Category Archives: Academics

Academic Awards 2015

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Photo by Josh Seamon

Students and faculty assembled on the Quad on Saturday afternoon to celebrate what Head of School Robert W. Hill III described as “the essence of our lives at Williston: academic accomplishments” during the annual Academic Awards Ceremony.

“Hard work, persistence, resilience, determination, integrity—whether in the classroom or in an extra-curricular pursuit—are traits that should always be praised and will take you far in life,” Mr. Hill said during his opening remarks. “This year teemed with incredible intellectual and creative accomplishments generated by students all year long—often outside of the public gaze.”

The academic awards ceremony began with Peter Valine, Williston’s Dean of Faculty, recognize and sharing thoughts about the departing faculty. Mr. Hill III noted, “Each year there are faculty that move on from Williston and we are diminished by that.” He commended the school’s teachers, who he described as  “unique in my experience in the ends to which they go to advise, mentor, listen, and support their students.”

Read the full text of Mr. Hill’s speech here.

Awards Quick List

History
English
Visual and Performing Arts
Science
Mathmatics
Latin
French
Chinese
Spanish
Additional Awards
School Awards

Spring Athletic Awards (presented May 22, 2014)
Cum Laude Inductees (presented January 16, 2015 and May 24, 2015)

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Two Williston Students Named National Merit Finalists

Emily R. Peirent and Callum S. Poulin were recognized by the National Merit Scholarship Corporation
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Photo by Dennis Crommett

The National Merit Scholarship Corporation announced this week that two Williston Northampton School seniors have been selected as National Merit finalists.

Emily R. Peirent and Callum S. Poulin had been named semifinalists in the 2015 National Merit Scholarship Program in September. The finalist designation means that they are now eligible for a merit scholarship, which will be announced this spring.

Mr. Poulin has received awards in boys junior varsity skiing and Latin; Ms. Peirent received the Asahel Lyman Williston prize in English last year, a commendation for her work on The Log, and was inducted into the Cum Laude Society this fall.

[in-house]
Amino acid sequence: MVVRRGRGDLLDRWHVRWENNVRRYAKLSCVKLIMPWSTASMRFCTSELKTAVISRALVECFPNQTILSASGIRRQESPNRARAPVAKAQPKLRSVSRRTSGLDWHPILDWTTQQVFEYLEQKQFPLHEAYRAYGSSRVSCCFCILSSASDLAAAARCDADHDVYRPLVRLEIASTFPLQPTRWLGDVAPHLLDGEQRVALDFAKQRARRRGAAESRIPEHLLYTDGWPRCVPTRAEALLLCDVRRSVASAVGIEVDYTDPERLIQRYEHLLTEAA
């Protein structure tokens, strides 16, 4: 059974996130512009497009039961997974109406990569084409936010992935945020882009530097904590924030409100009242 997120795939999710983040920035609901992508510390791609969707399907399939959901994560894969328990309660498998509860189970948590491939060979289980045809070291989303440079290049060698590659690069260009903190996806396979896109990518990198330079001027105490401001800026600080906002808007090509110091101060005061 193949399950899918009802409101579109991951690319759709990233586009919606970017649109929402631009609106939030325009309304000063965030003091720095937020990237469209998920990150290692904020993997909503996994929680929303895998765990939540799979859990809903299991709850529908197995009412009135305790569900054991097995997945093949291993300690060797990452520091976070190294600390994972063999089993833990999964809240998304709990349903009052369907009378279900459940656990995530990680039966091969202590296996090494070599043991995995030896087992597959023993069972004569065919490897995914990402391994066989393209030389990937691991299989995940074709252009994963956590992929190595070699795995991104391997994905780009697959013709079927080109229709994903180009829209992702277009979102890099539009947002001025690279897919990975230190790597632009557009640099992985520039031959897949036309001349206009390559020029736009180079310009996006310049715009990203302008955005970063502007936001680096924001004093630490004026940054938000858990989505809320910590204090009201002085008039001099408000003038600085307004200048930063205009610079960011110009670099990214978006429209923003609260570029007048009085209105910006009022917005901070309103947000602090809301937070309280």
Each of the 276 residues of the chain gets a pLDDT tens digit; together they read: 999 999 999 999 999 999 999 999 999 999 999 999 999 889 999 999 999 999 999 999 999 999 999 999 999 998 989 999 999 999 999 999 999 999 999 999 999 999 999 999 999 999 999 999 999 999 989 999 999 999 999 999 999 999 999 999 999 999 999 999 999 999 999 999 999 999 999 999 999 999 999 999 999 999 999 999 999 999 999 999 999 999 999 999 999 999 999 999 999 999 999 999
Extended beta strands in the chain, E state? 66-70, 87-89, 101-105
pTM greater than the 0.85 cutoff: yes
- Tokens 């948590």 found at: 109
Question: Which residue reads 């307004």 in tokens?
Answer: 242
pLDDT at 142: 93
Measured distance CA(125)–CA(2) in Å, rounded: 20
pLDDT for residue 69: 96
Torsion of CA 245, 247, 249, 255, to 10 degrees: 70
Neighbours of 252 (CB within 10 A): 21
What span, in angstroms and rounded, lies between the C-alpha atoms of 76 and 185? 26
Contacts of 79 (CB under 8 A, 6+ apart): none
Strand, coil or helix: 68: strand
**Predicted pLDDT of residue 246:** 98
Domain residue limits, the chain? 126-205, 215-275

For receiving the finalist designation, Ms. Peirent and Mr. Poulin will be honored during an Upper School assembly on February 18 and will be presented with certificates of merit.

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Mark Franczyk ’00 to Speak at Cum Laude Ceremony

Photo - Franczyk, MarkAn alumnus who decided to pursue his passion in dramatic fashion will be the guest speaker at the school’s Cum Laude induction ceremony on Friday, January 16, at 8:30 a.m. in the Phillips Stevens Chapel.

Mark Franczyk ’00 spent a decade working as a banker with the financial powerhouse J.P. Morgan. After taking a job as an internal consultant, Mr. Franczyk quickly rose to assistant vice president in the company’s Treasury & Securities Services and then as an analyst in the Investment Banking Division.

While Mr. Franczyk was involved in what he described as “a multitude of M&A and capital-raising transactions, including the largest U.S. equity deal in history,” he also had decided that the banking industry was not a good fit. According to his biography, he “began to more aggressively pursue his interests in the culinary world—interests that had always been simmering during his time as a banker.”

By 2014, Mr. Franczyk had enrolled in culinary school, started a food blog (www.outsideofthebreadbox.com), and began interning in some of the top kitchens in the country. He now works as a pastry cook for the Alta Marea Group, Chef Michael White’s Michelin Star winning group of restaurants, which include Marea, Ai Fiori, Osteria Morini and Costata.

The following are the names of the 14 inductees—all seniors who have excelled academically: